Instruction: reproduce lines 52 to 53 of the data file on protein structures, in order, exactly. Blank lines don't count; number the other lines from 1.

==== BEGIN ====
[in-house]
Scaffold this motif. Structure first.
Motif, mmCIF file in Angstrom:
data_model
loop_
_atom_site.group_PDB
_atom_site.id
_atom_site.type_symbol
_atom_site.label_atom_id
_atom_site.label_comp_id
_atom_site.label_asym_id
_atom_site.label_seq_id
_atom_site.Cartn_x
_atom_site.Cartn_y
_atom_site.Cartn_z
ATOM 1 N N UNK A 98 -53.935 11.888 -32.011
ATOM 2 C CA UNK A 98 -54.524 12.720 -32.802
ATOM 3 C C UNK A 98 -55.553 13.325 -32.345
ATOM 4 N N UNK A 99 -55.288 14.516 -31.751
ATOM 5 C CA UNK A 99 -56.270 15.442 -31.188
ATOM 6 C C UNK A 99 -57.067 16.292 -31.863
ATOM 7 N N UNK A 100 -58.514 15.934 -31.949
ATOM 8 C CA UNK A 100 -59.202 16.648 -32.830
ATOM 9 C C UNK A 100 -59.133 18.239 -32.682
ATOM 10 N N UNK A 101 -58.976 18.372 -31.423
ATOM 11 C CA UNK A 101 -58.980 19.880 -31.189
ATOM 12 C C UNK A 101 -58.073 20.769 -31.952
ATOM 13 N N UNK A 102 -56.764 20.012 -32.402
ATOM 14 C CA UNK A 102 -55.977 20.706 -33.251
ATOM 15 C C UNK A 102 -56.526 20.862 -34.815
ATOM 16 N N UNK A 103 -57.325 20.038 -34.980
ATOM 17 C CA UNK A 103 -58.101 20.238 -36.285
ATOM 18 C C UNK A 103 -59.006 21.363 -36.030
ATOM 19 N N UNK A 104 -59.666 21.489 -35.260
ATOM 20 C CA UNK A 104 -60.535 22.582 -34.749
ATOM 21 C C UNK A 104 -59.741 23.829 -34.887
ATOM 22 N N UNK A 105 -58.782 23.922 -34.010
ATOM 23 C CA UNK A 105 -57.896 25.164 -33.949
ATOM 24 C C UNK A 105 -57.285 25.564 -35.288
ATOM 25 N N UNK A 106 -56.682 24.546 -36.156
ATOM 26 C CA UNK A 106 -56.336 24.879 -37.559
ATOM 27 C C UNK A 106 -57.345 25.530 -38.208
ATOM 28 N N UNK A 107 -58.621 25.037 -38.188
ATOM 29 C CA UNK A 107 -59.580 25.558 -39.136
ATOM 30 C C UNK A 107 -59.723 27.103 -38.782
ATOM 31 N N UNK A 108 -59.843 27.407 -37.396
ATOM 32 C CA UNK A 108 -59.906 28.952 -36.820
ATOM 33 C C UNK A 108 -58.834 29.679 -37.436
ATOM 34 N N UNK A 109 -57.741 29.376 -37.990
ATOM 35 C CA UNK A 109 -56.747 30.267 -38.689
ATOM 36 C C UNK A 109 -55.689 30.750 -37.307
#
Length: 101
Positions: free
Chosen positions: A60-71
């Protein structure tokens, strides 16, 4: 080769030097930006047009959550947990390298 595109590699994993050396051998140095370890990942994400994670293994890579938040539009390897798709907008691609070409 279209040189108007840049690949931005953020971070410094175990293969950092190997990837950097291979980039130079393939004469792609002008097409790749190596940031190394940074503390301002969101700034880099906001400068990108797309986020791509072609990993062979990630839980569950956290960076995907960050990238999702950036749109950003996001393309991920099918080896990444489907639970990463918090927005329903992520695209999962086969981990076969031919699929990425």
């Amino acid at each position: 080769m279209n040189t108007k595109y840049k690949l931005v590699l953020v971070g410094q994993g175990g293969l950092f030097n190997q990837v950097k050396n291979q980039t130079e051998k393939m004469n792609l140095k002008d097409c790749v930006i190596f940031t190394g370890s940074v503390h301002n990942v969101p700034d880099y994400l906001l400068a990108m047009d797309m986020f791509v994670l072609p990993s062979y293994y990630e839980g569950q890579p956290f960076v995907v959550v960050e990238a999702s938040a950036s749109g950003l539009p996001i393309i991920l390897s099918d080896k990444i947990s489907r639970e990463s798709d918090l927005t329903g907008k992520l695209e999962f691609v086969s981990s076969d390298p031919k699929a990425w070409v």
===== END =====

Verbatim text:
#
Length: 101